The Road Ahead : April May 2007
FEATURES APR/MAY 07 19 STORY CHRIS BISHOP PHOTO ROSS PATTEN RACQ's road patrols are seen as 'miracle workers' who nearly always get a crotchety car back on the road. The Club's network of 100 south-east Queensland patrols and 175 contracted ser vice providers statewide attend about one million call-outs each year. Crucially, they are able to get about 90 percent of motorists mobile. With hundreds of types of vehicular ailments on last year's list, there's more than a hint of truth to the Road Ser vice's 'guardian angel' status. However, road ser vice patrols manager Wayne McCloud says some call-outs could be avoided. "RACQ prides itself on being able to help members in a moment of crisis, but there are times when motorists could help to avoid the problem," Mr McCloud said. "It's apparent to patrols that many drivers aren't familiar with the content of their handbook, a vital source of information on how to operate and maintain a complex piece of machiner y. "Motorists also need to appreciate that routine maintenance is not something that can be ignored. As well as sticking to recommended ser vicing schedules, drivers may be able to identify looming problems through regular checks of water and oil levels and tyre pressures." RACQ has identified several problems for motorists to avoid. • Even if your remote locking device won't unlock the car, the key itself can be used to open, lock or star t the car, until the remote's power source can be replaced. This may activate the alarm for a shor t period. • If your house has more than one vehicle, check that the key you are tr ying to use is the right one for that car. • If the key won't turn in the ignition, it may be because the steering wheel has been locked. Tr y to release the tension in the steering by turning the wheel while also turning the key. • Many fuel systems can be flooded if a vehicle is moved over shor t distances and cannot complete its warm-up cycle. When moving a car around the home, allow it to complete its warm-up (usually 2-3 mins). • Avoid switching interior lights to the 'on' mode. It is better to leave the interior light linked to the doors, which avoids the risk of forgetting to switch it off. • If you're unsure, don't be embarrassed to ask a vehicle salesperson, mechanic or RACQ technical advisor for tips on how to change a flat tyre. • If your car is going to be left idle for weeks, arrange for it to be star ted periodically. All cars have electrical systems that slowly drain batteries over time. Alternatively, contact your manufacturer for advice on how to maintain batter y charge. • Always remove the key from your vehicle, as some electric systems remain powered and can discharge a batter y. • Many cars require a foot on the brake or clutch pedal when star ting, while some have separate star t buttons. ON PATROL IN 2006 • The RACQ attended almost one million breakdowns. • More than 87 percent of members received ser vice within 40 minutes in Queensland. • The 'go' rate was 91 percent. • Nearly 40 percent of all road ser vice calls related to batteries and electrical systems. Wheels and tyres, fuel systems and ignition problems are also problem areas. • RACQ patrols rescued more than 1200 children and 300 animals trapped in vehicles. Roadside rescue RACQ's Road Service strives to get you going.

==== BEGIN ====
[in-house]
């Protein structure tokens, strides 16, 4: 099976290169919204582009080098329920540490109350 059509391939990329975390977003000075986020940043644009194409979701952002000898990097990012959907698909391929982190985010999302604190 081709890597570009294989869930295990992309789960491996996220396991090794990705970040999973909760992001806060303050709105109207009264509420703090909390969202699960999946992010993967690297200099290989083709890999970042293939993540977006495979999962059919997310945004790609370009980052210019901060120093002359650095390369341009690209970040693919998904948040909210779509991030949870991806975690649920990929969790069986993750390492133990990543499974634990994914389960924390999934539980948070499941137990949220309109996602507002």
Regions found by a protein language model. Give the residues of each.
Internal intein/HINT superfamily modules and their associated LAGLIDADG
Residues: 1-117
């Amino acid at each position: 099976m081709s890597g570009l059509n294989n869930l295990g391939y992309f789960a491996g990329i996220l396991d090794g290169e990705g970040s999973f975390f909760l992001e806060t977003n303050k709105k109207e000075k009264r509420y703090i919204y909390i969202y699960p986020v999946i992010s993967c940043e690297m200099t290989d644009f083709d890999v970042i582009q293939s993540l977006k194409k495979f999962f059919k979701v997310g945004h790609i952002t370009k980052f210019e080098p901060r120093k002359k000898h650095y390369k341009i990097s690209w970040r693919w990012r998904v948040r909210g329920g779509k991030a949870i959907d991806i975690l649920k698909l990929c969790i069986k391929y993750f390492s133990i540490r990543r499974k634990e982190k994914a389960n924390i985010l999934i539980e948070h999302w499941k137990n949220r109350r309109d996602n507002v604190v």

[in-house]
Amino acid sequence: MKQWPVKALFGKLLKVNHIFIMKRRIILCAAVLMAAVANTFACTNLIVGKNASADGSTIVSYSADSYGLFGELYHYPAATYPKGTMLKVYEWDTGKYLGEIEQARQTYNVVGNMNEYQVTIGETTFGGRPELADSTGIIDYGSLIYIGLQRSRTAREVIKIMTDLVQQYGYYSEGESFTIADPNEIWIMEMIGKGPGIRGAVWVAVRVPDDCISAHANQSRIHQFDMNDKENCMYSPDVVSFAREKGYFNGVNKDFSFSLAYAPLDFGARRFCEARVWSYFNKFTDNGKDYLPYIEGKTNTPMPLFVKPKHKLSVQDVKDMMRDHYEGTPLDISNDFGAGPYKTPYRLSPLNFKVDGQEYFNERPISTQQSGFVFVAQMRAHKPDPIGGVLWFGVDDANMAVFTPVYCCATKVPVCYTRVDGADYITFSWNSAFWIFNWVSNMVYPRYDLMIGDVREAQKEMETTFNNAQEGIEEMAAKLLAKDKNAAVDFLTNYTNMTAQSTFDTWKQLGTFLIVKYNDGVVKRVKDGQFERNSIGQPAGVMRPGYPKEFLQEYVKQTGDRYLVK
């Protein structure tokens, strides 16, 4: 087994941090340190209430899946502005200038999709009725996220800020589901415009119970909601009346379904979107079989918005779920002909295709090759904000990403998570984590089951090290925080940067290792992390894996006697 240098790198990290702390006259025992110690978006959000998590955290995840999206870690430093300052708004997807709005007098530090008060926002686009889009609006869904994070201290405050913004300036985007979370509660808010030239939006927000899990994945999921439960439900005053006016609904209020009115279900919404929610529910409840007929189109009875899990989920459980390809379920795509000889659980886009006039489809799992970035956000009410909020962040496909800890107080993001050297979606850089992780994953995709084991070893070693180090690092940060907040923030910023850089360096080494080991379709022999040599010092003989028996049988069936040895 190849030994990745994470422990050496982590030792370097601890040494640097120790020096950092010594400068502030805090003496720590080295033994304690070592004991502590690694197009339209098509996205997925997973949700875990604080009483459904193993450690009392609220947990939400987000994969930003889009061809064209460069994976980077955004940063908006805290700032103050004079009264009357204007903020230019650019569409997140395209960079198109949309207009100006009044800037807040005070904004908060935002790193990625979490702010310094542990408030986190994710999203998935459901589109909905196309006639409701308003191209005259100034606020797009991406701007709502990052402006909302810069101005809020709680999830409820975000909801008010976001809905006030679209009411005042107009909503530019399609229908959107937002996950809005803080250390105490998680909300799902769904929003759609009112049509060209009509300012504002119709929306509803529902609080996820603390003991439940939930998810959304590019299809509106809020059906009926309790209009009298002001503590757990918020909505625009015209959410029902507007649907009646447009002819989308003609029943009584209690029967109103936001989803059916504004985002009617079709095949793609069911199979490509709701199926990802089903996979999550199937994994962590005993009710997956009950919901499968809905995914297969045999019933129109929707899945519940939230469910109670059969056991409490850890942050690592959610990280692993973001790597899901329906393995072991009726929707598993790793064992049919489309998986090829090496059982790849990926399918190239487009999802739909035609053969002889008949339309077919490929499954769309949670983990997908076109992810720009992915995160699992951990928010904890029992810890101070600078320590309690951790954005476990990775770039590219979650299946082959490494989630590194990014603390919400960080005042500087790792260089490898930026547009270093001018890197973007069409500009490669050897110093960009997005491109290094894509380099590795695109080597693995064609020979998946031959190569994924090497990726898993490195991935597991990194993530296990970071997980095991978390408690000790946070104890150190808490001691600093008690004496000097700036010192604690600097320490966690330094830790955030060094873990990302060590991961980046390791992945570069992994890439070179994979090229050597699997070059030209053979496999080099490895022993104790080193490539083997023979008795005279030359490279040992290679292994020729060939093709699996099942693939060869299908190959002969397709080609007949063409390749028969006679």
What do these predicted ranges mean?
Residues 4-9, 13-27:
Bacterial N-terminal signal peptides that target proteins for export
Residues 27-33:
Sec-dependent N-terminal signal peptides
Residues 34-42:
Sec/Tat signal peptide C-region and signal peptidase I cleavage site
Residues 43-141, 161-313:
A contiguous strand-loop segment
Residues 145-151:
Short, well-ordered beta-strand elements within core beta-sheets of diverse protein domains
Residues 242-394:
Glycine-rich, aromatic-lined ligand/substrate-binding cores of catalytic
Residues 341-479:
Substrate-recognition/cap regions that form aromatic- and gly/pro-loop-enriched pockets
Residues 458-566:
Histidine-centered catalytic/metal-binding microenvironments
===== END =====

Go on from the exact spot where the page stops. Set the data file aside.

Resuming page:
June July 2007